Chorionic hematoma

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Chorionic hematoma
Other namesChorionic hemorrhage, chorionic bleed
Ultrasound showing a subchorionic hemorrhage[1]

Chorionic hematoma is the pooling of blood (hematoma) between the chorion, a membrane surrounding the embryo, and the uterine wall.[2] It occurs in about 3.1% of all pregnancies,[2] it is the most common sonographic abnormality and the most common cause of first trimester bleeding.[3]

Cause and diagnosis[edit]

Chorion, amnion and gestational (yolk) sac

Chorionic hematomas can be caused by the separation of the chorion from the endometrium (inner membrane of the uterus). Hematomas are classified by their location between tissue layers:[4]

  • Subchorionic hematomas, the most common type, are between the chorion and endometrium.
  • Retroplacental hematomas are entirely behind the placenta and not touching the gestational sac.
  • Subamniotic or preplacental hematomas are contained within amnion and chorion. Rare.

Most patients with a small subchorionic hematoma are asymptomatic.[5] Symptoms include vaginal bleeding, abdominal pain, premature labor and threatened miscarriage.[6]

Ultrasonography is the preferred method of diagnosis.[7] A chorionic hematoma appears on ultrasound as a hypoechoic crescent adjacent to the gestational sac. The hematoma is considered small if it is under 20% of the size of the sac and large if it is over 50%.[2]

Prognosis and treatment[edit]

The presence of subchorionic bleeding around the gestational sac does not have a significant association with miscarriage overall.[8][9] However, the case of intrauterine hematoma observed before 9 weeks of gestational age has been associated with an increased risk of miscarriage.[10] In one study women who complied with instructions for bed rest for the duration of bleeding had a lower rate of miscarriage and a higher rate of term pregnancy than non-compliant women. The study had several limitations; results were severely confounded by inherent differences between compliant and non-compliant women. [11]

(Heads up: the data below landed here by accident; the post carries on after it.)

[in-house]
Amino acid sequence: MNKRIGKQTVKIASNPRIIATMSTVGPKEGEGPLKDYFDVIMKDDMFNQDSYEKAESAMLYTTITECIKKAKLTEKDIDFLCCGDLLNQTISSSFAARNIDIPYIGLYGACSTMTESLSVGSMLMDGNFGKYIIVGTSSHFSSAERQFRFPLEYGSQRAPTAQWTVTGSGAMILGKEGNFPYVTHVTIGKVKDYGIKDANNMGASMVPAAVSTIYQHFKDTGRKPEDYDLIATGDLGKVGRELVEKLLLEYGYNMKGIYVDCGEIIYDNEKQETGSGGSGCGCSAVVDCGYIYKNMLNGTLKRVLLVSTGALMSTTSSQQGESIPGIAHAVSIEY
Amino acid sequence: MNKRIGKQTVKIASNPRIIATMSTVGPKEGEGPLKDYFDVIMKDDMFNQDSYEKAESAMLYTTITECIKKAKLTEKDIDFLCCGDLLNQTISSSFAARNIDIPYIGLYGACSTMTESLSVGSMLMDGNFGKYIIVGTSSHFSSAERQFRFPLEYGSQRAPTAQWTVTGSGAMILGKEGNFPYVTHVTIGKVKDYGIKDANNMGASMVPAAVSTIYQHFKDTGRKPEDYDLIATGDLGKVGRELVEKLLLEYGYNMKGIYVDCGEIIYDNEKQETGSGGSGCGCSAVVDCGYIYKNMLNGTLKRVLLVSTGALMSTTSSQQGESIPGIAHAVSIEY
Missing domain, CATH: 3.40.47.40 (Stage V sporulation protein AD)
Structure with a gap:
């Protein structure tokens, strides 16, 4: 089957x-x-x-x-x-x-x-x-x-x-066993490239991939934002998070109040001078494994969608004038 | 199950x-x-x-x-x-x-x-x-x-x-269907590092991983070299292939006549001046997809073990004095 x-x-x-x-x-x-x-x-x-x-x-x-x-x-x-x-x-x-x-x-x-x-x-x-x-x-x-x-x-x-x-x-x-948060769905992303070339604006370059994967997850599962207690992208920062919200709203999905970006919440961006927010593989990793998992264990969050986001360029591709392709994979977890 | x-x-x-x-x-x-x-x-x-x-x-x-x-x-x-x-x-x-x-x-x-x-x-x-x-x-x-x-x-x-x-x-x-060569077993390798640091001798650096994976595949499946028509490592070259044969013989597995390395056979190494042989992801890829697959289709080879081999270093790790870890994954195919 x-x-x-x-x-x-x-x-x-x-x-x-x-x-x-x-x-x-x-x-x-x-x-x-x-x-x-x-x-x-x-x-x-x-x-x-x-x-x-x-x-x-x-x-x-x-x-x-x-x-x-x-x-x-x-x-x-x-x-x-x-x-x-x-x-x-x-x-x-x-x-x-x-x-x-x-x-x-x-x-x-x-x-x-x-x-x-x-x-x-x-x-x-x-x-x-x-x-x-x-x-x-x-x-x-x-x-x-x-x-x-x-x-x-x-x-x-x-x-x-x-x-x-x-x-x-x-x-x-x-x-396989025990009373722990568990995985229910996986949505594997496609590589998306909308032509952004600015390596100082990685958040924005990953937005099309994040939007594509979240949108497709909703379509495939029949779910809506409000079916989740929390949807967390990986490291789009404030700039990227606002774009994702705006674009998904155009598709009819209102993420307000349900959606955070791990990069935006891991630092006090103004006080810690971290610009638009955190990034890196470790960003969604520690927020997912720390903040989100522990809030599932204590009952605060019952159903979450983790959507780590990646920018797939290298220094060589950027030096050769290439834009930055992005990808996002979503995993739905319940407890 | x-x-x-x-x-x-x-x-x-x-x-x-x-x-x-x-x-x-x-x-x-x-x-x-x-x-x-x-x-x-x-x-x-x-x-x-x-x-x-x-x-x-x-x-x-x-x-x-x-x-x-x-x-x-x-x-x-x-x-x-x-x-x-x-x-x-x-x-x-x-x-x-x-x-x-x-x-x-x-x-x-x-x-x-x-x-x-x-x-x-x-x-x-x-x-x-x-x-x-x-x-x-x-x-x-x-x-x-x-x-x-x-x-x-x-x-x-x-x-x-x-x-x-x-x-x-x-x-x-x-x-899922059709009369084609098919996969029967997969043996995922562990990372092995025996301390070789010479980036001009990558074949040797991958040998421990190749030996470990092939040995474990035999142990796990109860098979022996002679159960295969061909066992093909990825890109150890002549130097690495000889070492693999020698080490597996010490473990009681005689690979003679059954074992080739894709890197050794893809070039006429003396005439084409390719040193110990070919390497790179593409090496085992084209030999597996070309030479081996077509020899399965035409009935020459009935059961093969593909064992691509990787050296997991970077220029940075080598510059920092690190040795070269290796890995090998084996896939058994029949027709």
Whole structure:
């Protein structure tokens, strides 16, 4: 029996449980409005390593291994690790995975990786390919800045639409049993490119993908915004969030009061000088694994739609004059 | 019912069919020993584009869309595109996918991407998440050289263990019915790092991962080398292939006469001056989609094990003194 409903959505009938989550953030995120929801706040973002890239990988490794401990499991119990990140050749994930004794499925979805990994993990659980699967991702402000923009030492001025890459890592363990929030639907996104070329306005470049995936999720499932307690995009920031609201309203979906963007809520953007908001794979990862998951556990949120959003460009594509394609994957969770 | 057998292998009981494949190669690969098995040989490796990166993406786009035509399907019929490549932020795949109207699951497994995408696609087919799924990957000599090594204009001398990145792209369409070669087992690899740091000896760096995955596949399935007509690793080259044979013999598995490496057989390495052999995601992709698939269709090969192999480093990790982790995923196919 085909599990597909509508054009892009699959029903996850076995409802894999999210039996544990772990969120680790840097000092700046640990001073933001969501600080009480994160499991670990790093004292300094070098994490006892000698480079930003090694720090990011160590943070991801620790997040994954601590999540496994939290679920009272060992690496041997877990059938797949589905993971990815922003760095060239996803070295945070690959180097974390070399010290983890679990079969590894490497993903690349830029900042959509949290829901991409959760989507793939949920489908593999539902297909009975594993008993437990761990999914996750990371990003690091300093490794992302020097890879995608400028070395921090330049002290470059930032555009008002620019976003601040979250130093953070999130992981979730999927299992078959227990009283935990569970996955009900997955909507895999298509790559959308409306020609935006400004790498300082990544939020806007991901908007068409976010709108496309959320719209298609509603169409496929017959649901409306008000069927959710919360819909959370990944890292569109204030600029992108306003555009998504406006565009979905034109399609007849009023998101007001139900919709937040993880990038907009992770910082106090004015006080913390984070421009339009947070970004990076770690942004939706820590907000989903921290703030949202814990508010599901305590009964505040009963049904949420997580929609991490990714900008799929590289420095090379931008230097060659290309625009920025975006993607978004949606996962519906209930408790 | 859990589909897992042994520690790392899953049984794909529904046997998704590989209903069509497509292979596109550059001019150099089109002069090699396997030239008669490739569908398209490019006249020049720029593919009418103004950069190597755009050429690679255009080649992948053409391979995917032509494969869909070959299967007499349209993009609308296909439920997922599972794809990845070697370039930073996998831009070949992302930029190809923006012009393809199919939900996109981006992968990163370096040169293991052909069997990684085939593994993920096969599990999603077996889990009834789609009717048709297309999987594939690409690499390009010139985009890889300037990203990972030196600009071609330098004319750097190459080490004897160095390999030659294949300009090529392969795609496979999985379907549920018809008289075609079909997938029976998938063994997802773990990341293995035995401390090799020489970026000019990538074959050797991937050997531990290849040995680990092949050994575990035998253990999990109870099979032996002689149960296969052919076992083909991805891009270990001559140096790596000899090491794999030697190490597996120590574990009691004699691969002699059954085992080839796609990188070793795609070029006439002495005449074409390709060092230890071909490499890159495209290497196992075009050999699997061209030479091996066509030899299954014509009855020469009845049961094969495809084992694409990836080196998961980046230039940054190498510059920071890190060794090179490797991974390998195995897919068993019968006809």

1. ^ "UOTW #3 Answer - Ultrasound of the Week". Ultrasound of the Week. Retrieved 27 May 2017.
  2. ^ a b c Nagy, Sándor MD; Bush, Melissa MD; Stone, Joanne MD; Lapinski, Robert H. PhD; Gardó, Sándor MD, DSci. Clinical Significance of Subchorionic and Retroplacental Hematomas Detected in the First Trimester of Pregnancy [1]. Obstetrics & Gynecology: July 2003 - Volume 102 - Issue 1 - p 94-100
  3. ^ Avneesh Chhabra, MD et al. "Subchorionic Hemorrhage" [2], Medscape.
  4. ^ Trop, Isabelle and Levine, Deborah. Hemorrhage During Pregnancy: Sonography and MR Imaging [3]. Amer J Roentgenology 2001; 176:607-615.
  5. ^ Trop I, Levine D. Hemorrhage during pregnancy: sonography and MR imaging. AJR Am J Roentgenol. Mar 2001;176(3):607-15.
  6. ^ Hodgson DT, Lotfipour S, Fox JC. Vaginal bleeding before 20 weeks gestation due to placental abruption leading to disseminated intravascular coagulation and fetal loss after appearing to satisfy criteria for routine threatened abortion: a case report and brief review of the literature. J Emerg Med. May 2007;32(4):387-92
  7. ^ Abu-Yousef MM, Bleicher JJ, Williamson RA, Weiner CP. Subchorionic hemorrhage: sonographic diagnosis and clinical significance. AJR Am J Roentgenol. Oct 1987;149(4):737-40.
  8. ^ "Miscarriage risk is not increased with subchorionic hematoma".
  9. ^ N. Stamatopoulos; C. Lu; F. Infante; U. Menakaya; I. Casikar; S. Reid; M. Mongelli; G. Condous (2013). "OP03.03: Does the presence of subchorionic haematoma increase the risk of miscarriage?". Ultrasound in Obstetrics & Gynecology. 42 (s1): 54. doi:10.1002/uog.12736.
  10. ^ Maso, G.; Dʼottavio, G.; De Seta, F.; Sartore, A.; Piccoli, M.; Mandruzzato, G. (2005). "First-Trimester Intrauterine Hematoma and Outcome of Pregnancy". Obstetrics & Gynecology. 105 (2): 339–44. doi:10.1097/ PMID 15684162. S2CID 12502344.
  11. ^ Ben-Haroush A, Yogev Y, Mashiach R, Meizner I. Pregnancy outcome of threatened abortion with subchorionic hematoma: possible benefit of bed-rest? Journal Isr Med Assoc J. 2003 Jun;5(6):422-4